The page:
34 Then he called the crowd to him along with his disciples and said: “Whoever wants to be my disciple must deny themselves and take up their cross and follow me. 35 For whoever wants to save their life will lose it, but whoever loses their life for me and for the gospel will save it. 36 What good is it for someone to gain the whole world, yet forfeit their soul? 37 Or what can anyone give in exchange for their soul? 38 If anyone is ashamed of me and my words in this adulterous and sinful generation, the Son of Man will be ashamed of them when he comes in his Father’s glory with the holy angels.”
Thank you, Kathy. Apparently there is a little book called Non Campus Mentis, a little anthology that has compiled mistakes, bloopers and creative interpretations of history from university students around the country.
For instance: "Judyism was the first monolithic religion. It had one big God named “Yahoo.” Moses was told by Jesus Christ to lead the people out of Egypt into the Sahaira Desert. The Book of Exodus describes this trip and the amazing things that happened on it, including the Ten Commandments, various special effects, and the building of the Suez Canal. Forty centuries later they arrived in Canada. This was the promise land of milk and chocolate.”
There were some other snippets I came across this week that seemed relevant to this passage. One of those snippets begins Steve Garnass-Holmes poem on Thursday, “Jesus is God’s best selfie.” Another comes from the hand of recently retired Methodist Bishop, William Willimon, “All of the church’s educational and formational ministries are our way of enabling people to respond to Jesus’s penetrating question, “Who do you say that I am?”” Think about that. “All of the church’s educational and formational ministries are our way of enabling people to respond to Jesus’s penetrating question, “Who do you say that I am?””
That’s an interesting thought - because isn’t it really true? Isn’t pretty much everything we do in and around church a reflection of our answer to that question of Jesus’ identity? That question, of who Jesus is, is pretty much at the heart of every time I sit down to work on a sermon, listen to someone in my office or even when I’m sitting in the chair at the beauty salon. Whether you - we - recognize it every single moment of the day - or not - wherever we are, whatever we are doing, with whomever we are, we are living out the answer of the question Jesus asks us, “Who do you say I am?”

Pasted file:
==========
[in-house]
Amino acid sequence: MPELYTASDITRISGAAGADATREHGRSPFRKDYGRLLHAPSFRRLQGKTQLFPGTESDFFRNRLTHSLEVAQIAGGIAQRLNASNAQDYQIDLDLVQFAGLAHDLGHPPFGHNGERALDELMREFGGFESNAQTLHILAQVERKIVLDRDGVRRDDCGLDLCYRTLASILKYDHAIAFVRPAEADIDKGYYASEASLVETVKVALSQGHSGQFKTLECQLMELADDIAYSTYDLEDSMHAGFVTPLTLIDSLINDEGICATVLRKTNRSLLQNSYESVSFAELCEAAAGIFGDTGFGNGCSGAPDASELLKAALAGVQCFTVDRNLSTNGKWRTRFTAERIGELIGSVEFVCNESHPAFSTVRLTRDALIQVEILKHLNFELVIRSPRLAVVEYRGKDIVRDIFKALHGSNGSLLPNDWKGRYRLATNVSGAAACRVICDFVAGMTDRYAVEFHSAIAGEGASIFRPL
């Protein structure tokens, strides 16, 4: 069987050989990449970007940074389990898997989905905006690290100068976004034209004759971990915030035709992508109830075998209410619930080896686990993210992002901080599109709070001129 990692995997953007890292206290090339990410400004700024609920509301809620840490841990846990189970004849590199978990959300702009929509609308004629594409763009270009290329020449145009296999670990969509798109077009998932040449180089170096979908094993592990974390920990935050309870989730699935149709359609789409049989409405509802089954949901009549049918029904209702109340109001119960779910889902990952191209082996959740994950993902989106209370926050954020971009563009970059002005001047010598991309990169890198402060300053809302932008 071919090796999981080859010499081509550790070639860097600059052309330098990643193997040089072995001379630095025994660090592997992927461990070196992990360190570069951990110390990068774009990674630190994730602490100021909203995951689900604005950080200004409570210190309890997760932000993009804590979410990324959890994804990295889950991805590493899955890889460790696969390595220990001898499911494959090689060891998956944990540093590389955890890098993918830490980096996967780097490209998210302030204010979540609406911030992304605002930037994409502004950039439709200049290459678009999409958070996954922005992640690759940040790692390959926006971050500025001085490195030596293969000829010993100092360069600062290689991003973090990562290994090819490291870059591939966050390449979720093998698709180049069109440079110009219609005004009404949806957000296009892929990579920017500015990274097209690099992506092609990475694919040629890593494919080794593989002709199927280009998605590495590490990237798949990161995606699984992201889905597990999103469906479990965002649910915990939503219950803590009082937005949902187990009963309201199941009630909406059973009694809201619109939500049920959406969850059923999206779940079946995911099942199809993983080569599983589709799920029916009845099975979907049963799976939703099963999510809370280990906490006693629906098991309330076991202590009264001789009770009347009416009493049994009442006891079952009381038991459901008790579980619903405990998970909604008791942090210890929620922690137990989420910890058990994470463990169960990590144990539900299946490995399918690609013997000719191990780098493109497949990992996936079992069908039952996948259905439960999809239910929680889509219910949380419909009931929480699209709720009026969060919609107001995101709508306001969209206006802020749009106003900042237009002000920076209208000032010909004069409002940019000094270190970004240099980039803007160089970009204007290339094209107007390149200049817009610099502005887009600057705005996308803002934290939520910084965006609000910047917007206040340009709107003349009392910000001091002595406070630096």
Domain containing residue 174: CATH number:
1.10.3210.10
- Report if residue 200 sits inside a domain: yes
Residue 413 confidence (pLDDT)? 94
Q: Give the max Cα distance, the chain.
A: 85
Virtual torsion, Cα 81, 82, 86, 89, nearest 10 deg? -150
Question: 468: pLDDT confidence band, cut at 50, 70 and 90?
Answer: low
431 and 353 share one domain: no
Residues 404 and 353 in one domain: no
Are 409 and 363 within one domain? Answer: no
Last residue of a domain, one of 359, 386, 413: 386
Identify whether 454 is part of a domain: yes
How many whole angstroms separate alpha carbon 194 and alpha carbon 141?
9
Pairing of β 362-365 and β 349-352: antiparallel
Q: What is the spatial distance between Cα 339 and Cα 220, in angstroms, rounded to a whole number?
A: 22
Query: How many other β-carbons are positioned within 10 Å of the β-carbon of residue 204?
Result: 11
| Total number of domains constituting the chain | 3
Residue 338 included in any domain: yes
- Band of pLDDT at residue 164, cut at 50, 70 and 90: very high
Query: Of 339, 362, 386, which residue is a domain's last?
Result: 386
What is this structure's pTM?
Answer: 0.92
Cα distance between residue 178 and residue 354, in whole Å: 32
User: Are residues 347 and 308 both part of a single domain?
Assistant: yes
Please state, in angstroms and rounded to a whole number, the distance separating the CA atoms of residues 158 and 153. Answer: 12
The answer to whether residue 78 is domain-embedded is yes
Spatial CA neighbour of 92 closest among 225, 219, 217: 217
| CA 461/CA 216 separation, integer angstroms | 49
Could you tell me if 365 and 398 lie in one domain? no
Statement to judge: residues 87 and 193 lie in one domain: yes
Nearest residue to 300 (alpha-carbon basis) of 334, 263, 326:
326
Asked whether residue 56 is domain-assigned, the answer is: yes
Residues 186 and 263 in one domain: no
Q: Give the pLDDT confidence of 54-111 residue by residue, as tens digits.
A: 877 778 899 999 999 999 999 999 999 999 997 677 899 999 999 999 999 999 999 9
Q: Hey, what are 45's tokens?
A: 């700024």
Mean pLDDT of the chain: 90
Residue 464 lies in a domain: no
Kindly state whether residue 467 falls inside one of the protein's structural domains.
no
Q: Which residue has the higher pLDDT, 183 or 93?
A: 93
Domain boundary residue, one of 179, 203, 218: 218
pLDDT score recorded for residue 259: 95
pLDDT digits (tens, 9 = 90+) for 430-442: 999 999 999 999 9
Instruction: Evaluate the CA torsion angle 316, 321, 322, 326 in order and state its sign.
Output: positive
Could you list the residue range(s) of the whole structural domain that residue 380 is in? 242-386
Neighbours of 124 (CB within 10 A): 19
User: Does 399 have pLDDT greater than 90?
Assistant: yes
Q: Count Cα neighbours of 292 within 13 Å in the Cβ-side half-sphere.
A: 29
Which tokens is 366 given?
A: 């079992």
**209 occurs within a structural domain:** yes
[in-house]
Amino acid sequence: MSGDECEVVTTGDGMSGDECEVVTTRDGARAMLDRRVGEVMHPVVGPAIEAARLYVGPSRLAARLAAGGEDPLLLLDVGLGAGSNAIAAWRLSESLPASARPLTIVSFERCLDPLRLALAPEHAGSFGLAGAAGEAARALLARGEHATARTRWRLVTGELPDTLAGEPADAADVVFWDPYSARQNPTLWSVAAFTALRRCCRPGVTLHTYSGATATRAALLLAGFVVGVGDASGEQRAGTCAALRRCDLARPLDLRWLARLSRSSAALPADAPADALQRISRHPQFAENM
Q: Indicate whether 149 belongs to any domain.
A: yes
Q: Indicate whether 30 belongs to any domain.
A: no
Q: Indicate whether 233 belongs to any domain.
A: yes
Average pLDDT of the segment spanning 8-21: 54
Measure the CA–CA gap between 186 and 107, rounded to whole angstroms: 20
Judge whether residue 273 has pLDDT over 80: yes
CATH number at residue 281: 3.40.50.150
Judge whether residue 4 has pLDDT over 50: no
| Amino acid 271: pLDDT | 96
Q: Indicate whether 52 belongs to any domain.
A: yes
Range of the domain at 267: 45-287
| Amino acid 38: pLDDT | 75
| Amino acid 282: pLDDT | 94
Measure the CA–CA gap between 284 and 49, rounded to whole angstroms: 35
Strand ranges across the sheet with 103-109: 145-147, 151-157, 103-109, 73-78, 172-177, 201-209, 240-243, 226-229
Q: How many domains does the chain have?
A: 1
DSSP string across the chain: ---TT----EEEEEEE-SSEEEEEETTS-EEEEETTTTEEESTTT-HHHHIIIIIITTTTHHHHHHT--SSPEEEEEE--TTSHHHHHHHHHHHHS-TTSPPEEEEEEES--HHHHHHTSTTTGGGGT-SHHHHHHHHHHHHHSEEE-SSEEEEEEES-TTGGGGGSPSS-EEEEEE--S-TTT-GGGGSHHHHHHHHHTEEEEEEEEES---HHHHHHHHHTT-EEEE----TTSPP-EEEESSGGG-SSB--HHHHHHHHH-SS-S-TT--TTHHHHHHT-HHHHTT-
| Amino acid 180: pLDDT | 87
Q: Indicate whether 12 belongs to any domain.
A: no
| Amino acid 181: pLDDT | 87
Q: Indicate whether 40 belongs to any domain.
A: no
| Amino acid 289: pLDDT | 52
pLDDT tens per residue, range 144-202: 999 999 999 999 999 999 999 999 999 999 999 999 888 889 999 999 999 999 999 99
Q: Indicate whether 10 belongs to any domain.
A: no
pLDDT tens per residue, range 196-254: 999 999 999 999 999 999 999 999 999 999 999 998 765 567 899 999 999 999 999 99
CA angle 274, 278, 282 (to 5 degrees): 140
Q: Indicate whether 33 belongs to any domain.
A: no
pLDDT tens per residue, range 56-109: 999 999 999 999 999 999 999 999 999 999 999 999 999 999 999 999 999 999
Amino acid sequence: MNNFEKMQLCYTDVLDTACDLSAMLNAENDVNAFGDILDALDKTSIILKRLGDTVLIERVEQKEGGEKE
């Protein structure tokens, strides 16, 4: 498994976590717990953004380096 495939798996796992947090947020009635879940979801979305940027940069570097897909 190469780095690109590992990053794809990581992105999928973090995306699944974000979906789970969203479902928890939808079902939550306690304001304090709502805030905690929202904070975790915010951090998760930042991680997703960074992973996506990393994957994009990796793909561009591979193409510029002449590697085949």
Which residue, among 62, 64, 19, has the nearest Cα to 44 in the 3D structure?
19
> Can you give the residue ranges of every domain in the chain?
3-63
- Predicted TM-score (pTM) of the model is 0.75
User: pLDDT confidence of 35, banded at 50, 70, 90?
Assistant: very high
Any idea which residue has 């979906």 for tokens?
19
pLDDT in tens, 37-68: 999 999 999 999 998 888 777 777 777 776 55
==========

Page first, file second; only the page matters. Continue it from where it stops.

I think we may sometimes wonder why Jesus so often told the disciples not to say who he was - to others - was because of misperceptions and inaccurate perspectives. Notice that when Jesus asked, “Who do you say I am?”, and Peter said, “You are the Messiah.”, Jesus didn’t say he was wrong - or even right. His reply was not to tell anyone.
Incidentally, the writer of Mark so often used this command for Jesus’ followers to maintain silence about his identity as the Messiah, it has become known as the Markan Messianic Secret. There’s a lot more behind this Markan Messianic Secret, but if there’s nothing else to talk about at lunch today, you can bring up that phrase and sound pretty important.
Our perspective in this 21st century is so different from that of the 1st century. I’m generalizing that our modern understanding is that the term “messiah” means either Jesus or the One that God promised would come. But back in Jesus’ day, the term “messiah” was basically a code word for a political coup. There were many people of the day who hoped for some powerful general who would ride into town, raise an army, and finally throw the Romans out, and when this “Messiah” came, it would be the start of this take-over.